Alberta’s $5.3 Billion Backing of Keystone XL Signals Vulnerability of Canadian Oil
The province’s announcement comes after the private sector has shown little appetite for a pipeline project critical to the country’s tar sands industry.
APR 6, 2020
Miles of unused pipe, prepared for the proposed Keystone XL pipeline, sit in a lot on Oct. 14, 2014 outside Gascoyne, North Dakota. Credit: Andrew Burton/Getty Images
Alberta’s recent announcement that it was investing more than $1 billion to build the Keystone XL pipeline gave a boost to a project that has faced more than a decade of delays and uncertainty.
But by dedicating government money to a pipeline the private sector has been reluctant to fund, the decision highlights how vulnerable Canada’s oil sands industry has become, even before the coronavirus pandemic crashed global oil demand.
Last week, Alberta announced it would invest $1.1 billion in the pipeline and provide an additional $4.2 billion in loan guarantees to help developer TC Energy start construction immediately. Premier Jason Kenney said his government had been negotiating with the company for months, and that no private sector bidders were ready to finance the project.
“In other words,” he said, “without this investment by Alberta, the pipeline would not be built.”
The project would connect Canada’s oil sands with refineries in the United States, and is critical to the future of Alberta’s oil industry, which has essentially maxed out its capacity to bring oil to foreign markets.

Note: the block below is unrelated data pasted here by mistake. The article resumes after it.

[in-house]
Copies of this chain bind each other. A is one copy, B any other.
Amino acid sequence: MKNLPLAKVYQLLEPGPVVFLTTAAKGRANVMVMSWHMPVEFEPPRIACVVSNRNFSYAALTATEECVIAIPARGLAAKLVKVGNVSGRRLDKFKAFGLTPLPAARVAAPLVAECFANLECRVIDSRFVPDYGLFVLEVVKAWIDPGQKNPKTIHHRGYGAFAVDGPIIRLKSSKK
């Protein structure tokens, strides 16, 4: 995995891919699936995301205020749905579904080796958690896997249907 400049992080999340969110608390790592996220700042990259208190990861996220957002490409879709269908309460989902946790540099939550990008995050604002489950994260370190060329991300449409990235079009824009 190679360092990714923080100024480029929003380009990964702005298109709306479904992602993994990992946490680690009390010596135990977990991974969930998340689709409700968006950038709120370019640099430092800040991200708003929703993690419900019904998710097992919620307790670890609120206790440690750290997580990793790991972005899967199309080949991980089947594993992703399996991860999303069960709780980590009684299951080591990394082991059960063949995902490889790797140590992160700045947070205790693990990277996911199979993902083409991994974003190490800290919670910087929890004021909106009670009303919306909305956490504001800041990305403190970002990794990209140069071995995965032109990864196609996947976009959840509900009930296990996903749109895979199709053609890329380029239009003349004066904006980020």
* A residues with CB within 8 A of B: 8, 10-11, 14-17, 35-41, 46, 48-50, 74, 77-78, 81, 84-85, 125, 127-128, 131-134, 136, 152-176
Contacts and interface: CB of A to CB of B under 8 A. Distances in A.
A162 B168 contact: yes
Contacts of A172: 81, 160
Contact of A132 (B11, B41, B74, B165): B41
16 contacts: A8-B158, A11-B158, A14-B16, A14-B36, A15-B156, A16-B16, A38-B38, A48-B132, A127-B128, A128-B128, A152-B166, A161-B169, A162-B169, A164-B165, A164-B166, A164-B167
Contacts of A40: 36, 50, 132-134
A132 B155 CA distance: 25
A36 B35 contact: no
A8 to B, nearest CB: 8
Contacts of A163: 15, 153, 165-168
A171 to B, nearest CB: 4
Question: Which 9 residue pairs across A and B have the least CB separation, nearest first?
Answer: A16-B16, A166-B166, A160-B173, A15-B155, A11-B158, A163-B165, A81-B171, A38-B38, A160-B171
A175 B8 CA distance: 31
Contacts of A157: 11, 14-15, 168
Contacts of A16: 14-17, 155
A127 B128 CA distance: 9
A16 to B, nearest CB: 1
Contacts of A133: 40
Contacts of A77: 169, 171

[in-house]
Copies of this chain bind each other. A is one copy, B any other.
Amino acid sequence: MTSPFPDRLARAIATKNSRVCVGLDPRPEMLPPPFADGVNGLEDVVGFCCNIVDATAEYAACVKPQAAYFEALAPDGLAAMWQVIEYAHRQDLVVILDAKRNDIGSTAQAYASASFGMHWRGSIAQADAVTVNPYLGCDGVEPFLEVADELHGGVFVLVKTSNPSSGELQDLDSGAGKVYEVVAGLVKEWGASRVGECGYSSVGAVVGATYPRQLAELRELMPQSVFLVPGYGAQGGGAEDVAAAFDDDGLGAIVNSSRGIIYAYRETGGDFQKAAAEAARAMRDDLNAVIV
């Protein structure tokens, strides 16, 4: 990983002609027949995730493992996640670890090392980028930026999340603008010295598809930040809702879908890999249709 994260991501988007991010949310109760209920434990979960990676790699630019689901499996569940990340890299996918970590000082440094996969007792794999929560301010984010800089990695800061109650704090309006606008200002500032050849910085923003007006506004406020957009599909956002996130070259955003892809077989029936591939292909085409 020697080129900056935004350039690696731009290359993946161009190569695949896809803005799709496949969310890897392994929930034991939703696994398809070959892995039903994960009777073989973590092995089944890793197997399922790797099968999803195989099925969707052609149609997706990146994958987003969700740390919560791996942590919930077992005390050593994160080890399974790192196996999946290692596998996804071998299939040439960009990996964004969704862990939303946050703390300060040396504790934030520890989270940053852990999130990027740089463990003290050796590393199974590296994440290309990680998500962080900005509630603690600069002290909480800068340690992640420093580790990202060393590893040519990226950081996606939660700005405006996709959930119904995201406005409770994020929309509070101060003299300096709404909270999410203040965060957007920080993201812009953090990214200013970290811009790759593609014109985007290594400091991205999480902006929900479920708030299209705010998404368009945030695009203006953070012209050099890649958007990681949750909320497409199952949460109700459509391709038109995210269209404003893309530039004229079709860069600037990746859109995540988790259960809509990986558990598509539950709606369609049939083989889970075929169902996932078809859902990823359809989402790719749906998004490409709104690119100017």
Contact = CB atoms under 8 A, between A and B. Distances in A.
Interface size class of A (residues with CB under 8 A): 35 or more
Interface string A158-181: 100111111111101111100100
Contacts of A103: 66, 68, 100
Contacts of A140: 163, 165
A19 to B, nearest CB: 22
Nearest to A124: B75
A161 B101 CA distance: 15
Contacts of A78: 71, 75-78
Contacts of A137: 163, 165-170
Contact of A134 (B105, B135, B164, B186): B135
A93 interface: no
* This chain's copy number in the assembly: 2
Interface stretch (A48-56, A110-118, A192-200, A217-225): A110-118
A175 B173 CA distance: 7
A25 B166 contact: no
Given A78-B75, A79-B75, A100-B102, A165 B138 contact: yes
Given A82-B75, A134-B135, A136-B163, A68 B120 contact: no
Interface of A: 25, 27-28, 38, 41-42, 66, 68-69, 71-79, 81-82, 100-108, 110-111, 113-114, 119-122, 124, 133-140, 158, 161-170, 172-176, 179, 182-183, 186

The failure to build new pipelines is the result of political and financial forces inextricably linked to climate change. Environmental and indigenous activists, concerned about the greenhouse gas emissions and local impacts of fossil fuel development, have made completing new pipelines arduous and, as a result, banks have grown wary of funding them or any new oil sands projects that depend on their construction.
While the public investment makes completion of Keystone XL more likely, the pipeline still faces legal and political hurdles in the U.S., which are significant enough that Moody’s Investors Service downgraded TC Energy’s credit rating from stable to negative after the company’s announcement last week that it would begin construction. . .